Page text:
📝How to read a term sheet - this can be the difference between a great deal…and a not so great deal!

Whether you are an investor or an entrepreneur, you need to know how to read a term sheet. This can make a massive difference in your financial outcomes. As current valuations are going upside down, this understanding is getting even more important now than in the past.

Valuation is the main number we tend to read about in the context of fundraising…however there is much more than meets the eye, for both entrepreneurs and investors.

The big challenge for angel investors is not having any visibility and very often no say in the terms agreed upon in subsequent rounds. So if an institutional investor requests terms that are detrimental to early-stage angel investors, the latter will most often only realize it at exit… when their financial returns are far from what they had been expecting based on straight marked-to-market valuation.

It is very important to make sure that entrepreneurs protect their early-stage investors in subsequent rounds.

Having a board representation of angel investors, or even an honest discussion with the founder when investing , will help to ensure that angels are protected from potential predatory institutional investors.

I have seen many times founders taking angel money and then, accept terms from institutional investors that were highly disadvantageous to the very people who took the most risk in investing early in their company. In many cases, founders might not have had the choice, but in other cases they could have push back or even accept terms that might have been less favorable to them but more fair to their angels.

Whether you are an investor or an entrepreneur, keep in mind this dynamic that can have great impacts on your financials (and reputation) — forewarned is forearmed!!

If you want to read more on the lessons I learnt as an investor, please check out “Top attributes I now ABSOLUTELY avoid when I invest 🛑”.

Below are some of the main terms to be on the lookout for in a term sheet, they fall under four main sections: 1) deal economics, 2) investor rights & protection, 3) governance management & control, 4) exits & liquidity.

📝 Valuation: pre-money valuation & post-money valuation.

📝 Type of stock: common & preferred.

📝 Liquidation preference

📝 Anti-dilution provisions

📝 Redemption Rights

📝 Right of First Refusal/Right of Co-Sale (Take-Me-Along)

📝Employee Stock Options

📝 Drag Along

Many other terms will be present in a term sheet, such as the amount raised, the price per share, the name of the investors, the capitalization, the board of directors, dividends, and so on. These terms usually are pretty straight forward and are unlikely to be the ones creating future challenges.

📝Valuation: Two types of valuation are usually present in a term sheet. Pre-money valuation and post-money valuation. Pre-money valuation represents the value of the company before investment. This is where the beginning of the fundraising negotiations usually focus on and where all the gazes converge. We got used to extremely high valuation in the tech space in recent years, sometimes (often?) completely disconnected from the underlying business economics. Today, as interest rates are getting higher and money tighter, we are seeing a cooling down in valuations for most tech companies implying future down rounds (meaning the latest round of investment will be made at a lower valuation than the previous round). As an investor (and early-stage founder as they tend to be significant investors), it means that your investments are taking a hit, sometimes a very significant hit. BlockFi is a great example of that with a valuation divided by 3 between their latest funding round ($1bn valuation in June 22) and their previous round in March 2021 (at $3bn valuation). Again, in private markets, valuation tends to be the main metric when assessing a company’s success. Which becomes an issue when there is a large disconnect between the valuation and the underlying economics. Post-money valuation is simply the pre-money valuation plus the investment (amount raised in that round).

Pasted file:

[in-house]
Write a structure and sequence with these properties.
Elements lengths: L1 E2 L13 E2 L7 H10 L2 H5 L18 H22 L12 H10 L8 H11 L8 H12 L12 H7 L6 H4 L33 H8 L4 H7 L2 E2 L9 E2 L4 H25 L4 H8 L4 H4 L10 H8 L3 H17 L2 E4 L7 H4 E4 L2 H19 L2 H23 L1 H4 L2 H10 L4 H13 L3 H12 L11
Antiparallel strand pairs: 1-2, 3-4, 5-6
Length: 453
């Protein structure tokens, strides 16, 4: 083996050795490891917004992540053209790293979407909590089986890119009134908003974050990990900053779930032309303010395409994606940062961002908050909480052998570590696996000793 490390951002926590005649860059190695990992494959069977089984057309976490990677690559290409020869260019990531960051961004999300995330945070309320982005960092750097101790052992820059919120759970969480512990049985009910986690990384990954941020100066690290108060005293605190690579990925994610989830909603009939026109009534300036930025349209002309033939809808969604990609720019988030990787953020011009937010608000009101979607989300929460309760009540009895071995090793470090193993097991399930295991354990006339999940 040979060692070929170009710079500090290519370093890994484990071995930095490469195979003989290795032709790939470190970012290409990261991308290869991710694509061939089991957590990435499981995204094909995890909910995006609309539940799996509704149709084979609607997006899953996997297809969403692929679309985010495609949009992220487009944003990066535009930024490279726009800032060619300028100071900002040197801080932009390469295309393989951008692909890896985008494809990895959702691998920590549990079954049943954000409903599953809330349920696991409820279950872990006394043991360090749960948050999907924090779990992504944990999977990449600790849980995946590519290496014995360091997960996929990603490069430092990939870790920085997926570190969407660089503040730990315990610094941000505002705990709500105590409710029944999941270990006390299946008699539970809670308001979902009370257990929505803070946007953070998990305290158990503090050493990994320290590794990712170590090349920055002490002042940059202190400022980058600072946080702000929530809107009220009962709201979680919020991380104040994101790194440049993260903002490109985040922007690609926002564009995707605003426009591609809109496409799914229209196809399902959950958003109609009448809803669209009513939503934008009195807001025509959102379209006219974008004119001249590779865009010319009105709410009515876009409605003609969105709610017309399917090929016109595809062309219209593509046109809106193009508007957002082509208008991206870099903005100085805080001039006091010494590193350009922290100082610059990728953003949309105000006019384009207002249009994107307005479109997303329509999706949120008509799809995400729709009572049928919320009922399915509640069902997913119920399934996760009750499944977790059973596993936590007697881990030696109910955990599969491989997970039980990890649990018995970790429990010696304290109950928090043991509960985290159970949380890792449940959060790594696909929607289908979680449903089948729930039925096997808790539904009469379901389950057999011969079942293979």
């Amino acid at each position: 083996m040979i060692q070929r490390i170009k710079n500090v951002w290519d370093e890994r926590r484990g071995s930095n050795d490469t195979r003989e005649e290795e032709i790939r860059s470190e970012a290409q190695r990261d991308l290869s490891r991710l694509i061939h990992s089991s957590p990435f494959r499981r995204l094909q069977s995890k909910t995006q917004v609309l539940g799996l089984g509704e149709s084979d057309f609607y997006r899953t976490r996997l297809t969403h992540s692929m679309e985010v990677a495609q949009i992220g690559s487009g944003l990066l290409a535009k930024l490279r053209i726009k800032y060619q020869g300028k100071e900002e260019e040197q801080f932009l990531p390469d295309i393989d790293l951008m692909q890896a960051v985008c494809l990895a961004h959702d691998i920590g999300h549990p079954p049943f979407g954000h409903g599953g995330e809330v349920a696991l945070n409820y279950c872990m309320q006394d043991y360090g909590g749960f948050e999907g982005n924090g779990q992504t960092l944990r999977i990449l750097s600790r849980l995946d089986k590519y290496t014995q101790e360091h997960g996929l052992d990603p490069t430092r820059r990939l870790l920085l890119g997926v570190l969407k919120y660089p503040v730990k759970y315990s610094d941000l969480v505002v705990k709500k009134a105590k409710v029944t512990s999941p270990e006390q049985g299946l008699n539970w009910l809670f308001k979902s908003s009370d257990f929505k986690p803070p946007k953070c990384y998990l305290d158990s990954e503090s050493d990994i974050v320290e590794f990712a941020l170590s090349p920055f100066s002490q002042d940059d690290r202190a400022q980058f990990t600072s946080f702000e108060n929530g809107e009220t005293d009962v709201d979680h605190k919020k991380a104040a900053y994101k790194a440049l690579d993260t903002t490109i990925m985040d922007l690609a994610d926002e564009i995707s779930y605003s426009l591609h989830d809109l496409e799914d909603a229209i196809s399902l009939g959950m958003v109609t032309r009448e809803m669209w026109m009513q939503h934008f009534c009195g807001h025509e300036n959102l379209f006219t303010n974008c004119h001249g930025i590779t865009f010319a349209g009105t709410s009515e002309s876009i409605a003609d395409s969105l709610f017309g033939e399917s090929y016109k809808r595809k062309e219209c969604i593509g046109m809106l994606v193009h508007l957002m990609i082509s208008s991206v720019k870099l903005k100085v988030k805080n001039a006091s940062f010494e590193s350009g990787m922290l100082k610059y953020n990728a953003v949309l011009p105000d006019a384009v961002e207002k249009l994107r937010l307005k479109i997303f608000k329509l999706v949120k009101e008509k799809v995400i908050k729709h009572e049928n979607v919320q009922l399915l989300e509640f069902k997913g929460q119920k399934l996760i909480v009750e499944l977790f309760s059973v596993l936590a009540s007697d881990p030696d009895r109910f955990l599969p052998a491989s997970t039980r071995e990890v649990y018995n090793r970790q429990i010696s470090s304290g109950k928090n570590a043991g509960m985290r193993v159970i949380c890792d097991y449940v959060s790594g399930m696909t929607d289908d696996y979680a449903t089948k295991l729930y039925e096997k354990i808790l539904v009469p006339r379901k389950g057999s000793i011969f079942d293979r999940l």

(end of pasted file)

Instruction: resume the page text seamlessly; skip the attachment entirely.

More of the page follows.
📝 Type of stock: common & preferred. There are a few differences between common and preferred stock. Notably, preferred shareholders have priority over 1) a company’s income, 2) a company’s assets. So preferred shareholders will be paid dividends before common shareholders. Preferred shareholders will also be paid out before common shareholders in the event of an asset monetization. On the other hand, common stock will give shareholders voting rights. As you can see, there are significant impacts when shareholders are given preferred shares. This is a scenario I lived through when a company I invested in allocated preferred shares to subsequent investors. As I owned common shares, my equity was totally wiped out at liquidation, despite having been an early-stage investor taking the most risk in the company.

📝 Liquidation preference: As seen above, preferred stock has an embedded liquidity preference over common stock. Institutional investors may also add a liquidation clause requesting that they must be paid a certain multiple of their original investment before other equity investors are paid. This clause is also extremely detrimental to earlier investors who will be getting whatever is left to be paid, after all the institutional investors who added a liquidation clause are paid. As you can see, even when a company is a ‘“10 bagger”, an early investor who has been unprotected might end up with 2X her/his investment. Despite having been an early supporter of the business.

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